To say a member of the volleyball team could break through a piece of wood with the strength of their hand would not be an exaggeration.
Sports / Volleyball
It would be a fact.
That was just one of the challenges the athletes faced during the preseason to help them with the mental aspect of their game. Head coach Erik Olson brought in Peak Performance Consultant Carlton Hutcherson to present mental challenges and solutions to the team.
“Whether you’re the holder or the person who’s going through the board, none of these women think that they can get through that one-inch piece of pine,” Olson said.
All of the team watched and cheered for one other as each player approached the challenge.
Madness ensued once the eight-by-10 piece of wood was split.
“We’re going to have that in games,” junior middle blocker Hallie Enderle said during an interview with CMU Athletics. “We’re going to be able to say that ‘I was capable of something that I never thought I could do.’”
Hutcherson has spoken to Olson’s teams before, but the two had lost contact over the past 14 years. Olson says Hutcherson’s lesson taught him a lot when he was still in college and even taught him something new this time around.
“Heck, it’s the first time I failed,” Olson said. “I’ve gone through several pieces of wood, because I’ve done it so many times. But I haven’t done it in 14 years, and I failed my first attempt. I learned something about myself: ‘Hey, my energy wasn’t high enough.’”
Hutcherson said the purpose of this experience isn’t to break the wood on the first attempt, but rather to learn from your mistakes and learn how to make adjustments.
“In today’s society, everything is instantaneous,” Hutcherson said to CMU Athletics. “We want instant results, we want instant happiness, we want instant oatmeal.”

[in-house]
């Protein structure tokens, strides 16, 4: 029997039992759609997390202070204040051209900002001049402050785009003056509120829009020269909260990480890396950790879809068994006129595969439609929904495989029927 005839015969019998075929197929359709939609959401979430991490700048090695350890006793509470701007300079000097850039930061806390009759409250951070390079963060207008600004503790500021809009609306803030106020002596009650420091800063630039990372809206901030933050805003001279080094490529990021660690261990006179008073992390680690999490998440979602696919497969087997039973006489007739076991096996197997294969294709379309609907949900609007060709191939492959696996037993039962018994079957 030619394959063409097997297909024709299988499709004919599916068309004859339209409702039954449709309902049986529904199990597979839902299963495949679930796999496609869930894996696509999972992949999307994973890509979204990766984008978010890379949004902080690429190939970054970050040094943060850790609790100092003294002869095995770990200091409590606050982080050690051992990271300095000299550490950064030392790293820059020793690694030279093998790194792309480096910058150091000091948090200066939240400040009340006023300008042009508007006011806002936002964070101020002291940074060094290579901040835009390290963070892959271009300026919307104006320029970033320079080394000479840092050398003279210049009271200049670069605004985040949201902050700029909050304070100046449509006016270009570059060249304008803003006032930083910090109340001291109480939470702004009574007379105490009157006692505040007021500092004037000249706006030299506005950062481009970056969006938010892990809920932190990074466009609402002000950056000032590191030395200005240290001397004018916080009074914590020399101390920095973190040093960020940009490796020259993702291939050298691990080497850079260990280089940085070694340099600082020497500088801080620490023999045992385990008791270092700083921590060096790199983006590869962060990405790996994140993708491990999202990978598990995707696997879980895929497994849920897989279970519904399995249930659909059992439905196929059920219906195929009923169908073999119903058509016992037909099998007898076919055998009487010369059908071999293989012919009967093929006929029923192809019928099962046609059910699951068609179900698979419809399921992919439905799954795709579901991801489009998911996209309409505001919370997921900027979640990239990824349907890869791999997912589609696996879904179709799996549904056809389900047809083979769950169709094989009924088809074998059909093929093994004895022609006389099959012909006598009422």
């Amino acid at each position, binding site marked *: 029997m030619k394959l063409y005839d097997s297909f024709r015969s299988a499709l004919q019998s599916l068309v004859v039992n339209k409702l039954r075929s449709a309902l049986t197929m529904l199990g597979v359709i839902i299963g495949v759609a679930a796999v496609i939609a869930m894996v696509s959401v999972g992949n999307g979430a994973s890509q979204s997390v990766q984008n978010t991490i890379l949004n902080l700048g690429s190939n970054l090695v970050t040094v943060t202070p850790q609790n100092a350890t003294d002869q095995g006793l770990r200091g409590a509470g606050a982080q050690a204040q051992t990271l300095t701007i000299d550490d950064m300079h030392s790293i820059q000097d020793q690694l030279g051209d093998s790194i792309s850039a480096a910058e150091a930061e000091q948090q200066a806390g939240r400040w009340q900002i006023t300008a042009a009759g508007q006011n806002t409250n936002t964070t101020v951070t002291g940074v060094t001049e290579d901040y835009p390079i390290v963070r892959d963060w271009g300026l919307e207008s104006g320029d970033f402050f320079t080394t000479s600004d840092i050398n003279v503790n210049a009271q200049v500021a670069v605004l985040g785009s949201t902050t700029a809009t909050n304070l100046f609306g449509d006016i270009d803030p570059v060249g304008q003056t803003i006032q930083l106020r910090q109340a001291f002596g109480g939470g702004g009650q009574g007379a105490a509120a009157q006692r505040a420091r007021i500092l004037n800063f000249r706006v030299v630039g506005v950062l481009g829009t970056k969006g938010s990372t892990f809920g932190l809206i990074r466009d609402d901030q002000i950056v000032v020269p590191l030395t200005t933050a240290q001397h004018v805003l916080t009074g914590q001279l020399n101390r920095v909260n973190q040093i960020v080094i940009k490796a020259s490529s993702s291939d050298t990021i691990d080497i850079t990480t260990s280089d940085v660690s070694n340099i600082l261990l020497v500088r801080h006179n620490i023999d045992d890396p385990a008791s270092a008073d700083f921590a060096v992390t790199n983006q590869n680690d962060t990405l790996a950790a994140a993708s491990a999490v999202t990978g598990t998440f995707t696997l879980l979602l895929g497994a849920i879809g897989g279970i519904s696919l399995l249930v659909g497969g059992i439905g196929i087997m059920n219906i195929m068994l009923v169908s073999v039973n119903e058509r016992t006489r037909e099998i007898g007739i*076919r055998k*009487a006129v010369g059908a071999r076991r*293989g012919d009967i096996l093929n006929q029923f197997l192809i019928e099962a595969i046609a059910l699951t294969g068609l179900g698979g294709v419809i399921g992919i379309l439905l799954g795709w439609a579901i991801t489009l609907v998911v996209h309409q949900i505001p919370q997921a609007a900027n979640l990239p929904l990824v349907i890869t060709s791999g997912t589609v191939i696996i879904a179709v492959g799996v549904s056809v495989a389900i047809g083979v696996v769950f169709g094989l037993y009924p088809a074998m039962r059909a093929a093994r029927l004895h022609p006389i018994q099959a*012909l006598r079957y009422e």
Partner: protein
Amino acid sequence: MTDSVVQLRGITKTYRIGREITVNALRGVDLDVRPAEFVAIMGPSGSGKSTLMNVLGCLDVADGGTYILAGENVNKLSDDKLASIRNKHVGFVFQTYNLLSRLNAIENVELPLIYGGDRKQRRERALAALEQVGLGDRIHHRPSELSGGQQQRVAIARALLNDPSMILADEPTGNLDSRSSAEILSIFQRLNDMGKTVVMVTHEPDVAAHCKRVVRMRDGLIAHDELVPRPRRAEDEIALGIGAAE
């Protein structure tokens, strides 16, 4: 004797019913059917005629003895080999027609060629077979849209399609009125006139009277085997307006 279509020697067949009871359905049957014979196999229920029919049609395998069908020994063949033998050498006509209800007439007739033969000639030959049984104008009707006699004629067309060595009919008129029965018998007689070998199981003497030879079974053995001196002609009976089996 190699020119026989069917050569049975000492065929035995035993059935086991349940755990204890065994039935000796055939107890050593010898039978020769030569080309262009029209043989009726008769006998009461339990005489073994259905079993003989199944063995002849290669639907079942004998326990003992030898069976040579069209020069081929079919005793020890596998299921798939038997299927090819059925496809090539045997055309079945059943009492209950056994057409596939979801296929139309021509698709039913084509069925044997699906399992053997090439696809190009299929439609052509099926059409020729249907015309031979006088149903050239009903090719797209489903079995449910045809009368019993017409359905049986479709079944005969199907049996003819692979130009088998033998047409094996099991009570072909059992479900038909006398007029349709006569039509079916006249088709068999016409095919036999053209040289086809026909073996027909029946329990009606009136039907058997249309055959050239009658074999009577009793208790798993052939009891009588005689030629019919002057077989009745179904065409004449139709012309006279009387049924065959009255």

Olson believes this training isn’t just preparing the players how to be successful in volleyball, it’s training the girls how they can be successful in life.
“I personally used it in school, because I was still in college when I was coaching in the beginning days,” Olson said. “I increased my GPA from a very mediocre GPA to a 4.0 for my last two years.”
Whether it’s making adjustments on the courts or in the classrooms, Hutcherson emphasized that there’s a process in becoming successful.
“There’s a journey involved,” Hutcherson said to CMU Athletics. “You have to be able to understand the journey and be happy while you’re in the journey, because if you’re happy along the way, you’ll stick to it.”
Besides breaking wood with the strength of their hand, the girls took on a high ropes course and a rock wall as a team. Everybody made it to the top of both, so Olson added an extra element to the challenge.
“The second time you went through, you had to go up blindfolded (and) tethered to two different people while someone communicated to you,” Olson said. “And that is extremely difficult. I’d say about half the team got up to the top and rung the bell, but the idea is the journey of trying to get up there.”
On a calmer note, the volleyball team also talked to a sports psychologist and learned how to meditate in ways to prepare for a match.
“Going into the season, we do have an advantage over other teams because of this mental aspect we’ve added to our game,” sophomore middle blocker Angie White said to CMU Athletics.
Olson says it’s tough to really evaluate the team before playing against other opponents, which will begin this weekend at the Oakland Invitational.
“Whether we win or lose, I’m going to come out of that with a laundry list of what we need to do to get better,” Olson said. “This is a very enthusiastic team. This is one of our more talented teams. We’re still putting pieces of the puzzle together.”